Safety app to offer new protection to students

As you might already have heard, there is a new app on the Gannon University campus — the LiveSafe app.
When you first open the LiveSafe app, it appears as if there are just a few different options. However, upon further navigation, you will find a number of helpful features.
The LiveSafe app integrates the new Knight Watch Express program. This program allows users to quickly submit a request for a ride during the hours that the service is available 5 p.m. to 1 a.m. Sunday through Thursday and 5 p.m. to 3 a.m. Friday and Saturday.
This will pick up the user’s location and allow the user to submit a destination.
Campus Police and Safety Director Les Fetterman and Assistant Director Jon Habursky emphasized that Knight Watch Express is not going to be available until later this month.
They also emphasized that the button for Knight Watch Express only works during the hours that the shuttle service is in operation.
One of the most important tools available on the LiveSafe app allows friends to watch one another walk home.
However, after downloading the app and attempting to try the feature, it appeared that my location would be shared with all of my contacts. So, being concerned for not only my own safety but that of others, I asked Fetterman and Habursky how it worked.
By clicking on “Ask friends to watch me walk,” users will be prompted to enter their destination and then to share their location with a contact.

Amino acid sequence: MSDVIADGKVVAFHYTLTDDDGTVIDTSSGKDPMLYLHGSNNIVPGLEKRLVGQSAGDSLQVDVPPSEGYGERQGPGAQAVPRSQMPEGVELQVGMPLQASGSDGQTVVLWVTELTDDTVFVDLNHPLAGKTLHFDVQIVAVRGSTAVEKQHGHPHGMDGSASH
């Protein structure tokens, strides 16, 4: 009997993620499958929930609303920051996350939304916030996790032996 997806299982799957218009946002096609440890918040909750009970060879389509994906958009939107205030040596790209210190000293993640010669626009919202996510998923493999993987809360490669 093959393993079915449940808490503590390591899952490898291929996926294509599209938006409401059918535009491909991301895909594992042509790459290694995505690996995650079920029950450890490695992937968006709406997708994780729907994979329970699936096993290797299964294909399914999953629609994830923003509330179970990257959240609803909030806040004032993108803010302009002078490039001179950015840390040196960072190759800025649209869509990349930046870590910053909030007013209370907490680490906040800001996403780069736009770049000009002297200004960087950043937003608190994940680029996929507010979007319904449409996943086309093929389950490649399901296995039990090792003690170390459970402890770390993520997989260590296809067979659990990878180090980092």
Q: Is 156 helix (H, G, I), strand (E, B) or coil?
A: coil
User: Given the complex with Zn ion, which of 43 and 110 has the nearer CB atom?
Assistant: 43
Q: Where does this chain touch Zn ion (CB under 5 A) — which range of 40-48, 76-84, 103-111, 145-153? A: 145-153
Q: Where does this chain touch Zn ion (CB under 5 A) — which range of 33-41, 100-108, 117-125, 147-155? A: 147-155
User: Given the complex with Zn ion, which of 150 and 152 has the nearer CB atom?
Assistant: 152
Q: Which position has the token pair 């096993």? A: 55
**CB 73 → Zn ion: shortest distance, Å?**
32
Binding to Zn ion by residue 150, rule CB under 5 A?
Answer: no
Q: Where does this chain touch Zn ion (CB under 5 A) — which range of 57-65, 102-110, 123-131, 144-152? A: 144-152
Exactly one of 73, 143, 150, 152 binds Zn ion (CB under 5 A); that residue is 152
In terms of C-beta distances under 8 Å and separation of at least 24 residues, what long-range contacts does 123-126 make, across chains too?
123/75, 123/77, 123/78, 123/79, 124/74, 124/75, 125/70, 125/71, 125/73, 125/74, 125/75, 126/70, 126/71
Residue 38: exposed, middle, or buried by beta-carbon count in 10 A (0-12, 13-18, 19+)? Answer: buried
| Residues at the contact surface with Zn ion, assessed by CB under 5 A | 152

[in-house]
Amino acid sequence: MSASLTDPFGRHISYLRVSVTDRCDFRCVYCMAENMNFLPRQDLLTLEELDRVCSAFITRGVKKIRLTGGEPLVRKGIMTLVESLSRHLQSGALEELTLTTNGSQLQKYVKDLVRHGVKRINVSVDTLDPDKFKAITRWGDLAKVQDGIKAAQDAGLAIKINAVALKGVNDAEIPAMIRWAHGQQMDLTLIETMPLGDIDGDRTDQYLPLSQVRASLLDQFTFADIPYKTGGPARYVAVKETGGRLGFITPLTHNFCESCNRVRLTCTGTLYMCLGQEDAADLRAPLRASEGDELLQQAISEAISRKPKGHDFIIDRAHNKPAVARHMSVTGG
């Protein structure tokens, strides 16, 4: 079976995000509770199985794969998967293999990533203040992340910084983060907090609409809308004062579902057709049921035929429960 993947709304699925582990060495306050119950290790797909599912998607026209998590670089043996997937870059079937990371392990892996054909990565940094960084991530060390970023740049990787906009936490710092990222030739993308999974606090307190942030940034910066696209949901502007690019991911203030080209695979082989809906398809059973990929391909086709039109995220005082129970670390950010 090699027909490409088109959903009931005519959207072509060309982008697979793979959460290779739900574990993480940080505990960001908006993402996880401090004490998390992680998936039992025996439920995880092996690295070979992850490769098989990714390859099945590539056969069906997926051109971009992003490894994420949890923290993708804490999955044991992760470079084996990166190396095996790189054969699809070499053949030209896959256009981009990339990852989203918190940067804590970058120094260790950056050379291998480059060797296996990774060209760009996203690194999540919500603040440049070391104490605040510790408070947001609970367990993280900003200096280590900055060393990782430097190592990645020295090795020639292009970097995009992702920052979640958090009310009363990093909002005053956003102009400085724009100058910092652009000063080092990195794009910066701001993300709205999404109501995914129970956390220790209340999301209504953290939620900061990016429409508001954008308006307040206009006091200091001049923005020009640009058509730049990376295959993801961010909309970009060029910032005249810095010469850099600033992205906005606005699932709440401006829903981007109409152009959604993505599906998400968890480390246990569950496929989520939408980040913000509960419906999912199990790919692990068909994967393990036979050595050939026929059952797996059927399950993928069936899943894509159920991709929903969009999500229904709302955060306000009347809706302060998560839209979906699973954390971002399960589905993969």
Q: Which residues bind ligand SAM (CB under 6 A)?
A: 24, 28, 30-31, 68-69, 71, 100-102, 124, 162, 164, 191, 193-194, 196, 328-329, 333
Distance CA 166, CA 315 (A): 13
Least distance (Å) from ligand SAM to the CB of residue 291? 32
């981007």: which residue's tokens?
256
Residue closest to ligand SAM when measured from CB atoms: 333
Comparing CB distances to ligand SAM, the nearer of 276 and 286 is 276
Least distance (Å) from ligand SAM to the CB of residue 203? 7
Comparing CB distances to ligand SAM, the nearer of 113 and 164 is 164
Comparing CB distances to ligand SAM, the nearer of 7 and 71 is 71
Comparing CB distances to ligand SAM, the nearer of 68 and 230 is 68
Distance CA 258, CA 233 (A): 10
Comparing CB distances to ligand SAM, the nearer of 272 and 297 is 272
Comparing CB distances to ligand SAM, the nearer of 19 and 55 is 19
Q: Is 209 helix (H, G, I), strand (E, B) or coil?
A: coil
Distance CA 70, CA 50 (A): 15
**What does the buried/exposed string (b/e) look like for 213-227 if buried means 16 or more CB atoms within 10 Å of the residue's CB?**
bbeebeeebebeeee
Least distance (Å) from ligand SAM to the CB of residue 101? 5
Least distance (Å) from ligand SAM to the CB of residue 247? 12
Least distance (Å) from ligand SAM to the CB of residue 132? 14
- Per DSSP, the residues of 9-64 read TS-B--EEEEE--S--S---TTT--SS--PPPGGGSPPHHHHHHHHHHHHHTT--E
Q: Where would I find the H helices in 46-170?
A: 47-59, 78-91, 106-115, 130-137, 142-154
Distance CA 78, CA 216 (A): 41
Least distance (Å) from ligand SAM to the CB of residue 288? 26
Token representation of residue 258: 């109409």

Users can then alert their contacts that they need help if the situation arises. Your contact does not have to have LiveSafe to watch you walk; however, he or she must have LiveSafe to message you in the app.
LiveSafe also features an Emergency Options tab, which has buttons that will call 911 or Police and Safety.
The message feature will pick up the user’s location as well as allow the user to send a picture, video or audio and can be sent anonymously. Being able to silently dial 911 or to call Police and Safety could make a huge impact on a situation.
In addition to Emergency Options, a number of non-emergency tips can be placed. These range from suspicious activity and harassment to mental health.
This could be a helpful way to report a situation that one doesn’t feel comfortable reporting over the phone or in person.
Another important aspect of the app is the detailed map of the Gannon campus and the area surrounding campus.
This includes campus buildings, call boxes and automated external defibrillators, or AEDs. Users can search by location on the map, as well.
Emergency procedures, sexual assault assistance, campus resources and local resources are also available.

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